Optalysys’s technology performs a mathematical function called the Fourier transform by encoding data, say a genome sequence, into a laser beam. The data can be manipulated by making light waves in the beam interfere with one another, performing the calculation by exploiting the physics of light, and generating a pattern that encodes the result. The pattern is read by a camera sensor and fed back into a conventional computer’s electronic circuits. The optical approach is faster because it achieves in a single step what would take many operations of an electronic computer
The technology was enabled by the consumer electronics industry driving down the cost of components called spatial light modulators, which are used to control light inside projectors. The company plans to release its first product next year, aimed at high-performance computers used for processing genomic data. It will take the form of a PCI express card, a standard component used to upgrade PCs or servers usually used for graphics processors. Optalysys is also working on a Pentagon research project investigating technologies that might shrink supercomputers to desktop size, and a European project on improving weather simulations.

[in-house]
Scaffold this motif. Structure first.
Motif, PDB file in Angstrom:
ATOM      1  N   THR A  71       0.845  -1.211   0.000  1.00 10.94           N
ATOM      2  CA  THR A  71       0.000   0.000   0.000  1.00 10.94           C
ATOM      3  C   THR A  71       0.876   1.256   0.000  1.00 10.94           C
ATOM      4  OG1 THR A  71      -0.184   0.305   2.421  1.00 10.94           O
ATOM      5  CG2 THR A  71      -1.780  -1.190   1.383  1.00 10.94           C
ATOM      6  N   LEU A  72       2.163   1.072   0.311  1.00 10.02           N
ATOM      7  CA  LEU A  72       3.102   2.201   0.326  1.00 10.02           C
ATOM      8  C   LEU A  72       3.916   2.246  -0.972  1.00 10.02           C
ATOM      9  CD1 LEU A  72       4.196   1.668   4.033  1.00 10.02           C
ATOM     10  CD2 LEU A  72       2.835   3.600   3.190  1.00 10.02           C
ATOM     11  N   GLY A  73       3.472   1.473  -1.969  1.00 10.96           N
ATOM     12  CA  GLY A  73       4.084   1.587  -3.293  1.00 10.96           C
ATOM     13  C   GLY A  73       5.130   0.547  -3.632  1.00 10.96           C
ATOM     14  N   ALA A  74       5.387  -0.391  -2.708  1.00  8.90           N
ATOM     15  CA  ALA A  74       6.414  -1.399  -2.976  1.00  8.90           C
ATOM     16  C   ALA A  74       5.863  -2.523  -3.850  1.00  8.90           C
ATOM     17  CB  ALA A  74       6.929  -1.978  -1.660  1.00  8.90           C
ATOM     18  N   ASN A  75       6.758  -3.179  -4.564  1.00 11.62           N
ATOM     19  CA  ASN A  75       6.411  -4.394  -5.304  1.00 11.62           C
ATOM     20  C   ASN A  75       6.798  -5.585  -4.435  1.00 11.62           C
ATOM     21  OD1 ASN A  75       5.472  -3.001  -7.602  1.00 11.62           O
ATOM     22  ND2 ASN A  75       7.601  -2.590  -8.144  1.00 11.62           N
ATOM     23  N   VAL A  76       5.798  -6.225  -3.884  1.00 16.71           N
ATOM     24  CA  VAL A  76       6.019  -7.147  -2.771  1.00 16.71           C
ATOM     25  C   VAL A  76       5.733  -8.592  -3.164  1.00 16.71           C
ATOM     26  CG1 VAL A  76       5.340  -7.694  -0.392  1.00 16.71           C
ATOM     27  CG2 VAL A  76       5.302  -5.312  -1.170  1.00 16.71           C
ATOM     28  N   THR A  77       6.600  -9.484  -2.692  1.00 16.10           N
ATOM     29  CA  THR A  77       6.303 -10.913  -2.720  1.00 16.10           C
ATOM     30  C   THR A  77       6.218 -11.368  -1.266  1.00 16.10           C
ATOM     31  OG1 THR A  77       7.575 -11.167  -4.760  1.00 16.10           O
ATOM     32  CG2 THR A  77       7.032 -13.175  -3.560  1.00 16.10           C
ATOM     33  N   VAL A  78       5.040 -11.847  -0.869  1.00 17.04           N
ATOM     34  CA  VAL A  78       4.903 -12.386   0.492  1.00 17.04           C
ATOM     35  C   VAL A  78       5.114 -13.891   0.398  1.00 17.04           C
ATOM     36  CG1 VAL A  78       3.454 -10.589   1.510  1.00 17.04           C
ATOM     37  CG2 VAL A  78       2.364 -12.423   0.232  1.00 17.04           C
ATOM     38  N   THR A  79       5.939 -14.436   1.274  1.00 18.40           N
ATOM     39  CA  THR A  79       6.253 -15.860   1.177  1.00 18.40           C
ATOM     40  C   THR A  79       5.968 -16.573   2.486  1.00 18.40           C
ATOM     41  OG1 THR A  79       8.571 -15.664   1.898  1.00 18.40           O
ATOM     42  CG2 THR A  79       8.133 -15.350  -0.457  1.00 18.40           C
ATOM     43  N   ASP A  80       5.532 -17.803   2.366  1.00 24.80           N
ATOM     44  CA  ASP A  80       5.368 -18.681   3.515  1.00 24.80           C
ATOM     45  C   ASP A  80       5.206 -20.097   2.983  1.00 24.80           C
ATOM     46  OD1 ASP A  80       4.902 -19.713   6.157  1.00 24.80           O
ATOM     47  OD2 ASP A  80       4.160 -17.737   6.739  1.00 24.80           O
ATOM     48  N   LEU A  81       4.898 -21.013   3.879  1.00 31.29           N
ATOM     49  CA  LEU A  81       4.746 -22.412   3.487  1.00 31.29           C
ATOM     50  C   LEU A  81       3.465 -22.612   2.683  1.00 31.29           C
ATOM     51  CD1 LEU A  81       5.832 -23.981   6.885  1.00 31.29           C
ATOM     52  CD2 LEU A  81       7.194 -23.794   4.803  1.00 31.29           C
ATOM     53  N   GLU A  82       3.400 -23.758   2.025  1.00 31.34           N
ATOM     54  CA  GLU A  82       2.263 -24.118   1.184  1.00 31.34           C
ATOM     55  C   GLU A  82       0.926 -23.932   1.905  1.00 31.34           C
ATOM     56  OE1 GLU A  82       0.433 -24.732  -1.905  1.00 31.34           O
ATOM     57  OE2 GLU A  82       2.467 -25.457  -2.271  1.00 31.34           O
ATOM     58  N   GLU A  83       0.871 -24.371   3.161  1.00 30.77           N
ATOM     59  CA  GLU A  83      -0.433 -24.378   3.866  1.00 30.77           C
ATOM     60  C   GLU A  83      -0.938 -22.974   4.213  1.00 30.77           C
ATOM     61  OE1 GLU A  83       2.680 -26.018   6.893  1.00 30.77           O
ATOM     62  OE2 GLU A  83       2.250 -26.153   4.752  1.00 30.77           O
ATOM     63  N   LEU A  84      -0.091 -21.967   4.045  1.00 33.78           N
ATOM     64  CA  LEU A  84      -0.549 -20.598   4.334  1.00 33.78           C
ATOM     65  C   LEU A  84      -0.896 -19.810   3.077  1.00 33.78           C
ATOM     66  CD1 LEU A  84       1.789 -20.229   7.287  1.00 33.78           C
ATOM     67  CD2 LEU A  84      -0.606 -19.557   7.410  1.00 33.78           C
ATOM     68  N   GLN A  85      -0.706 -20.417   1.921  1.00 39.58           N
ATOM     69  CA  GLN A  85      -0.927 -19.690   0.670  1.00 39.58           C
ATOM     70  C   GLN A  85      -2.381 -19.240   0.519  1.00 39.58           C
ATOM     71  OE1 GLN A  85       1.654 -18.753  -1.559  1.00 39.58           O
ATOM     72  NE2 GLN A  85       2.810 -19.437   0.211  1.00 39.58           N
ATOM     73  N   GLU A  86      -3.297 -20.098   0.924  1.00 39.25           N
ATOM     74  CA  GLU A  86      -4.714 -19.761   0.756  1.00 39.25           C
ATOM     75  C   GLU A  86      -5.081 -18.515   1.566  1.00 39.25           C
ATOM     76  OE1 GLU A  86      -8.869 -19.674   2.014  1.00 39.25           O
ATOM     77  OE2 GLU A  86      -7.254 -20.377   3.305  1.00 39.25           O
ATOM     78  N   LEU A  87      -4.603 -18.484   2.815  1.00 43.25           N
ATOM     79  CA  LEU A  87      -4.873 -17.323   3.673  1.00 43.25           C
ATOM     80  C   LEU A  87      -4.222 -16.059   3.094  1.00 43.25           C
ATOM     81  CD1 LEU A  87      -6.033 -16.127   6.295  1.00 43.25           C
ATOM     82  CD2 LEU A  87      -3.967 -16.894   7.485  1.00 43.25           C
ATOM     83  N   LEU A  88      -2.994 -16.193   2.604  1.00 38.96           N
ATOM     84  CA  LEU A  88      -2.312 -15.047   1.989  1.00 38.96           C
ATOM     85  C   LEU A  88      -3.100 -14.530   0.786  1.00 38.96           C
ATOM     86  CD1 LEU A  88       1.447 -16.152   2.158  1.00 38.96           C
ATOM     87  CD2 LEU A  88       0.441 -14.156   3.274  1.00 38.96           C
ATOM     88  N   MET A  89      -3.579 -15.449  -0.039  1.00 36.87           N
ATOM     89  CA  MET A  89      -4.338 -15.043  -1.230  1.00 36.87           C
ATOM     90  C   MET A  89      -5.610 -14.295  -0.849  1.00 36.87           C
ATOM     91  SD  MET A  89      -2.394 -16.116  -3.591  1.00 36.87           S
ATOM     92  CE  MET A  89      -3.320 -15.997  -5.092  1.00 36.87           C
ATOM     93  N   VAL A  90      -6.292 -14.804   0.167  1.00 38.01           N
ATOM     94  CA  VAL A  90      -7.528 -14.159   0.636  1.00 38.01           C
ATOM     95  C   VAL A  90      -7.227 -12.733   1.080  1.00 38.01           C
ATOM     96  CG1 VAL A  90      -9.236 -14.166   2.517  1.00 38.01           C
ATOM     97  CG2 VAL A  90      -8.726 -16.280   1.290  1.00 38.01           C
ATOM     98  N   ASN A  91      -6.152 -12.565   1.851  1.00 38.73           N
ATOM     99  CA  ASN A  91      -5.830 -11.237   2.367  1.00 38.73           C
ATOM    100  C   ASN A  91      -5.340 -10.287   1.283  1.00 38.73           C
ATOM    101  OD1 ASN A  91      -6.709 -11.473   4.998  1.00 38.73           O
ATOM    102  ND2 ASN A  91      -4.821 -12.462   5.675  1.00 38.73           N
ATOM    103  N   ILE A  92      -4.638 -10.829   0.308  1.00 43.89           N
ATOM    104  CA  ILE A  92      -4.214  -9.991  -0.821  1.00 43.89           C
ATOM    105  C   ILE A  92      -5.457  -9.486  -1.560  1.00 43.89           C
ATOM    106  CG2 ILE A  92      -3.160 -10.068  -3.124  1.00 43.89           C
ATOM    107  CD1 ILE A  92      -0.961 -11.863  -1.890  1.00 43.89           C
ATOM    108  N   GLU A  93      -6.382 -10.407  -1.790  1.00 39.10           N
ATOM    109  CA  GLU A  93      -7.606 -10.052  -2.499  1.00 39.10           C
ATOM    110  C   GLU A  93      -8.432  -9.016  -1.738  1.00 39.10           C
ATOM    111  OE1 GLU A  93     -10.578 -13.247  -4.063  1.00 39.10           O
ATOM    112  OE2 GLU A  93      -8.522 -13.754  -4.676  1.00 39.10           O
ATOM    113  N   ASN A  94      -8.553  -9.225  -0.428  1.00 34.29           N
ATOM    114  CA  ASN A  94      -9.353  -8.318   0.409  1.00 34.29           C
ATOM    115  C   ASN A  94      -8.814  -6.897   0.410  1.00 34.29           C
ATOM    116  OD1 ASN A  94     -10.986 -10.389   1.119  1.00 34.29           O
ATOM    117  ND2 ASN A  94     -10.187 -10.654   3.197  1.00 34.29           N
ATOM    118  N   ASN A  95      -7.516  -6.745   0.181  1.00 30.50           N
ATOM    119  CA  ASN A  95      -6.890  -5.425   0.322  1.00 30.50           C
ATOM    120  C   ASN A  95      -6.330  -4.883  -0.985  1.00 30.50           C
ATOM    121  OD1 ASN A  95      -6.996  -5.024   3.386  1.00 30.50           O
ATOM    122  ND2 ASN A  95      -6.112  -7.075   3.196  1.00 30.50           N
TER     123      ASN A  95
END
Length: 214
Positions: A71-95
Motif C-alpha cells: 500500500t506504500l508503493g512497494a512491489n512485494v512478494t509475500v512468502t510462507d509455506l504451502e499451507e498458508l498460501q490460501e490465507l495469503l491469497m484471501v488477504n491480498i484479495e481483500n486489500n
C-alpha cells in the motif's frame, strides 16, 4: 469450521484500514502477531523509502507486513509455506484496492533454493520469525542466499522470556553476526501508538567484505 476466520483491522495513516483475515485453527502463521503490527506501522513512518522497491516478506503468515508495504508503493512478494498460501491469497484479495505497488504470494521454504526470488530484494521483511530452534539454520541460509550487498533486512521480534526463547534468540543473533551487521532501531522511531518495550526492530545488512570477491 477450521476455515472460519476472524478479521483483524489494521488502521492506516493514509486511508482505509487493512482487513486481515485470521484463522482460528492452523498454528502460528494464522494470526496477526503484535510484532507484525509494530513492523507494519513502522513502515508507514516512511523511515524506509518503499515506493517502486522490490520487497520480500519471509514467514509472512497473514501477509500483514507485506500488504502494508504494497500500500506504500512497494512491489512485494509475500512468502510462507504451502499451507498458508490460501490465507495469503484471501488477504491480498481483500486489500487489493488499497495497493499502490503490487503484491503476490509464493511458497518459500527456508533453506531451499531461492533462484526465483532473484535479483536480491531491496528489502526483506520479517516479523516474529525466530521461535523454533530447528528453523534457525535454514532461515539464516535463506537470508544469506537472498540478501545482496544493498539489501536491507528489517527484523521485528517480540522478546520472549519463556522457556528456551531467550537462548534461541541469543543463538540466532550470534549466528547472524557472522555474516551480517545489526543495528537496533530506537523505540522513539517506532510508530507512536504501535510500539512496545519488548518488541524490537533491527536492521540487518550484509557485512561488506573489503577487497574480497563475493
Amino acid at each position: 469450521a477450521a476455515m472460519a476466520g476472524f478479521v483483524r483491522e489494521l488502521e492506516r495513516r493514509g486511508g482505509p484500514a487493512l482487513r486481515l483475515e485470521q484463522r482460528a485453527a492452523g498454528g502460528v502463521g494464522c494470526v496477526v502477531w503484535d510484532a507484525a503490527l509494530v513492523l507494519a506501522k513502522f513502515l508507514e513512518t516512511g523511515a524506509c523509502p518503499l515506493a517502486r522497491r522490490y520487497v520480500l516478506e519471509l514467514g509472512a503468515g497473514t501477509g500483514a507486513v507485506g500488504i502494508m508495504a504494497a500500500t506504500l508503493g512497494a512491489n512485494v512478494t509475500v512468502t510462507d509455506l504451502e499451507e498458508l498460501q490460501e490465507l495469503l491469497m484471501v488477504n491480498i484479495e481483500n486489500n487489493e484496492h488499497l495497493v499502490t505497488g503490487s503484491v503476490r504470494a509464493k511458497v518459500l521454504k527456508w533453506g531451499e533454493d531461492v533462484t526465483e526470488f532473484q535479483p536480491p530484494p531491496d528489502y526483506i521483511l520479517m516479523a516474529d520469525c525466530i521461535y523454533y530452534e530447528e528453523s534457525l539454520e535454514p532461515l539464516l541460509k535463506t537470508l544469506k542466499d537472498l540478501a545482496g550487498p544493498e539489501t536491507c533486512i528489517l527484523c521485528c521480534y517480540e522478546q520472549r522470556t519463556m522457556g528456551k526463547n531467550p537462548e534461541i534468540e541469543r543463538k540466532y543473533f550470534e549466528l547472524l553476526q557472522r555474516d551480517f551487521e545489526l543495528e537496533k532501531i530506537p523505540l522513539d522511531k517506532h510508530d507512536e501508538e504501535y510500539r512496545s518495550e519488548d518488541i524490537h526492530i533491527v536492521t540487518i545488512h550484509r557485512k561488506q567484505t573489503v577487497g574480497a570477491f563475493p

In 2015, Optalysis built a prototype that achieves a processing speed equivalent to 320 Gflops and it is incredibly energy efficient as it uses low-powered, cost effective components.
One petaflop target next year and 17 exaflops in 2022.
Optalysys Genesys project
Optalysys has partnered with The Earlham Institute (formerly The Genome Analysis Centre) to create a Genetic Search System through a two year project that has successfully been awarded £0.5m from government body Innovate UK.
To produce a working Genetic Search System prototype (GENESYS
A system at Technology Readiness Level (TRL) 7 on NASA’s scale for technology product maturity (working system in a real-world environment)
95% energy savings and 20x faster processing:
Replaces the need to use The Earlham Institute’s existing HPC architecture for these searches
French Startup LightOn
French startup LightOn, founded earlier this year, has also built a system that uses optical tricks to process data being carried by laser light. The company is targeting a trick used in machine learning that compresses information by multiplying it with random data.
That technique is useful, but onerous for conventional computers working with large data sets, says Laurent Daudet, LightOn’s chief technology officer and a professor of physics at the Université Paris Diderot. His system gets the same effect more easily by exploiting the random scattering that naturally occurs when light passes through translucent material.
Alternative computing like quantum computers and chip designs specialized for AI, and optical computing systems could find successful niches in specialized computing.
SOURCES- Youtube, Optalysys, Technology Review